I am a bicyclist, and I stop at red lights.

I have been riding the streets of Boston for almost three years, and I have ridden most parts of Boston and several surrounding towns.  I have been nearly hit by many cars, and even hit one car myself when it turned left and stopped suddenly in front of me while I was riding at a nice clip down the street in the bicycle lane.  She did not look down the bicycle lane before making the turn.  Anyway, one time that I got in a fight of sorts with a driver was when he pulled into the bicycle lane, cutting me off.  “HEY!” I yelled – this is often the most clever thing I can think of to yell when some giant metal machine nearly runs into me – “WATCH OUT!”

To which he responded, “Well, you run stop signs and red lights, why should I watch out for you?!”

And here’s the thing – I get his point.  If I’m not going to follow the rules, why should he?

But here’s the other thing. I do follow the rules.  It’s you, Facebook Friend/Acquaintance of mine, who don’t follow the rules, and it’s people like you that friendly Guy Who Almost Ran Into Me sees every day when he is out driving his car, and it is seeing people blatantly ignore the laws that makes him feel okay about more subtly ignoring other laws, like the one where drivers should not stop in the bicycle lane.

I used to consider starting a blog just to rant about bicycling in Boston.  Thank you, Acquaintance, for reminding me to finally talk about this.

I used to say to myself that bicycling on the road is like falling in love: you try to keep your eyes open for whatever might jump out at you, but you pretty much just have to take a deep breath and trust that you won’t get hurt.

And sometimes you will.  Sometimes it will be a driver who doesn’t look when they open their door, and then your face looks like this:

photo by ellie leonardsmith

even though normally it should look like this:

photo by ellie leonardsmith

Sometimes it will be a pothole that throws you off of your bicycle, and then you look like Hardcore Friend up there.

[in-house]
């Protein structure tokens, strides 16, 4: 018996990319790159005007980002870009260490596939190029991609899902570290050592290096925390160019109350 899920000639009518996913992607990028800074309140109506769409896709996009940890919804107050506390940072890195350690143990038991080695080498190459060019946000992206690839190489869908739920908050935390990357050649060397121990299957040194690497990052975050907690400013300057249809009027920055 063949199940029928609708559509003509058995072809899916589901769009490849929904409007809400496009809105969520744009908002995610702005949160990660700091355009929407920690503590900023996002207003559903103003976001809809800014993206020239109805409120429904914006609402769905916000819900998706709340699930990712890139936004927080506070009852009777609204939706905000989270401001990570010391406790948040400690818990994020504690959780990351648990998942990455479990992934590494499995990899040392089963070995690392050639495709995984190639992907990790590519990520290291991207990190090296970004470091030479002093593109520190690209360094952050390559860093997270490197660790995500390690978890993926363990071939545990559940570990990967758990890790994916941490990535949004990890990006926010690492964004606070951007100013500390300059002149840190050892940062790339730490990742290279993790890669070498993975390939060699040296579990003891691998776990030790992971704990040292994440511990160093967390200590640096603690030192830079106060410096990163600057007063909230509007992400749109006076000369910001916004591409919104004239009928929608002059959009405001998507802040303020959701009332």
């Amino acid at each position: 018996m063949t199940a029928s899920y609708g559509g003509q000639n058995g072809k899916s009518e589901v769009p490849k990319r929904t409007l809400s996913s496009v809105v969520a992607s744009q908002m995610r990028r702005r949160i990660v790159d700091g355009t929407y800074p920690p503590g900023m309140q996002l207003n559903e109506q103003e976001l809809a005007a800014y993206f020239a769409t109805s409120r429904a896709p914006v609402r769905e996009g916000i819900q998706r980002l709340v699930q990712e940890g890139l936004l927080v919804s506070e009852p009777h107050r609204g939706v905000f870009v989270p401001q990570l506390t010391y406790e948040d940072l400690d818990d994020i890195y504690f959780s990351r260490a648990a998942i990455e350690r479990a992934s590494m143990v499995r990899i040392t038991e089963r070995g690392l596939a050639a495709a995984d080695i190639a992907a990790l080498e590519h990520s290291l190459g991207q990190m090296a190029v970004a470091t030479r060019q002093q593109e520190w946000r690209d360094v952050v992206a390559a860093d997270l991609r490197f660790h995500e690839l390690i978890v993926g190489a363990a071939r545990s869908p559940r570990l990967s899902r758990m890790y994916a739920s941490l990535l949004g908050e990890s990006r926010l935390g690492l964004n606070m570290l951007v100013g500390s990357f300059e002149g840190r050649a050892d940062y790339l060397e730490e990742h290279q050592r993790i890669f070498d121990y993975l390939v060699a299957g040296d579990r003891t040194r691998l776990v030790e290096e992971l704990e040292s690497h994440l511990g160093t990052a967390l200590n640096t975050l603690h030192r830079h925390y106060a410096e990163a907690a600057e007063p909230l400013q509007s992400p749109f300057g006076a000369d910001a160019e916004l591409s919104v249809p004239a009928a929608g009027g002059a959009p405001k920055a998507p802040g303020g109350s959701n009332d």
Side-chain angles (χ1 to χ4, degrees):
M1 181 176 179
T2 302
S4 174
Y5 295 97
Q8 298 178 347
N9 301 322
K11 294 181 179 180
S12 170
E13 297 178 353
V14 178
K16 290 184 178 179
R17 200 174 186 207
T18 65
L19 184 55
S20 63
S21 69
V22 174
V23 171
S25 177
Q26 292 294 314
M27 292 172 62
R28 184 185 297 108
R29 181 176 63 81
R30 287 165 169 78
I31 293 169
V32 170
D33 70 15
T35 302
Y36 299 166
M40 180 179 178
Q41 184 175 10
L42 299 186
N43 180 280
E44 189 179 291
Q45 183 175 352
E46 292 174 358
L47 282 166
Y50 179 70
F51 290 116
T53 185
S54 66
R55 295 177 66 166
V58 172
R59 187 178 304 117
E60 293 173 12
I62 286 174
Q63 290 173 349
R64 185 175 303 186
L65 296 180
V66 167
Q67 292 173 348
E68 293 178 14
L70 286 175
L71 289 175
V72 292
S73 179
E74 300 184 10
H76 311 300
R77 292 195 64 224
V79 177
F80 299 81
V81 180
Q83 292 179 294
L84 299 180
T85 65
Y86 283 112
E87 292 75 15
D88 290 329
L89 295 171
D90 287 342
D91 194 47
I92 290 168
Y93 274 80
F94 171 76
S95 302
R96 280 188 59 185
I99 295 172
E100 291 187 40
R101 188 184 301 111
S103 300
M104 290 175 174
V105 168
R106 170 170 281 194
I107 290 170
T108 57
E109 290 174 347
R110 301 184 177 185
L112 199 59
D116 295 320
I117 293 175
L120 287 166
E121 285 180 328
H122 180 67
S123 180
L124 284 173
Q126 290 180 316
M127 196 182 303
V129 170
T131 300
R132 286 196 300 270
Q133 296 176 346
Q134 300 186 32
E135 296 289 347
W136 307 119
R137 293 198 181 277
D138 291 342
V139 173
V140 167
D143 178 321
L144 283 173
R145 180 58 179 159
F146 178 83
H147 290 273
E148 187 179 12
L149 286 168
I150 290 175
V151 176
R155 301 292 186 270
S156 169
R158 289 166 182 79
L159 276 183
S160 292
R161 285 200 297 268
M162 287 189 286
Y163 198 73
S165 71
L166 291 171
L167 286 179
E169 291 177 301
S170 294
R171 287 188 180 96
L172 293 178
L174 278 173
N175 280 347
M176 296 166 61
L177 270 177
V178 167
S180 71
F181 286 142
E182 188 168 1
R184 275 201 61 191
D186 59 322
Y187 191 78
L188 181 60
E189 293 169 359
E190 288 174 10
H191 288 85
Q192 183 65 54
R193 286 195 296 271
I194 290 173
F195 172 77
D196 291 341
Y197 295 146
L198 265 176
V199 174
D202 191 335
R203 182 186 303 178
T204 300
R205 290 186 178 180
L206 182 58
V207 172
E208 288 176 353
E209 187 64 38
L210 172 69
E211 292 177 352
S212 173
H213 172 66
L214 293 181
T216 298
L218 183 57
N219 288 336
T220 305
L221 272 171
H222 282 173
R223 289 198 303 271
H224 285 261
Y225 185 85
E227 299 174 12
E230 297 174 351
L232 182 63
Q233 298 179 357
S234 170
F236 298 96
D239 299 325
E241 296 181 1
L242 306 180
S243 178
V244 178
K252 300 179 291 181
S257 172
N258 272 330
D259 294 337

But look, people: until bicyclists start following the rules, drivers are going to feel like they have as much of a right to ignore/disrespect bicyclists as the bicyclists feel they have a right to ignore the rules.

Stopping at a stoplight takes about thirty seconds.  Really, and often it takes less than that.  You can still break ahead of those cars after waiting, and not only do you lessen your chance of getting hit, you way lessen your chance of someone seeing you and instantly hating you.  And while I would never honestly wish pain on anyone, I do find myself thinking, “maybe a car will come screeching out and really scare that bicyclist who’s running the red light that I am stopped at.” Inevitably, this does not happen.  But the light changes, and I ride on, and I almost always pass the rider who ran the light.  Seriously, guys, you’re not saving yourselves much time.

If you are riding in Boston, and you run a light, and someone yells, “Bicyclists have a red light, too,” it might be me.  When I started riding around here, I ran lights for about a week after I’d seen lots of other riders do it, and I thought, “It can’t be that bad, everyone’s doing it.” And then I almost hit some little girl (who should have been using the crosswalk, but wasn’t – but it still would have been my fault) when she was crossing the street with her mother and passed through some cars stopped at the light.  And her mother said, “You had a red light! Bicycles have red lights, too.” And I have not run a single light since then. That one sentence changed the way I ride.  Do you want to hit some little girl in front of her mother?  Gosh, that would ruin your day. Not to mention hers.

Tell me what you think.  Do you ride? Are you afraid to ride? I could say a whole lot more about this, and maybe I will.  Do you drive and hate bicyclists?  Will you join me in reminding them that there are laws they should follow, too?  And is anyone interested in hearing more about this, or about how I have pulled over and had a conversation with every driver who has hit me?  Tell me, please.

me being way hardcore at my first bicycle race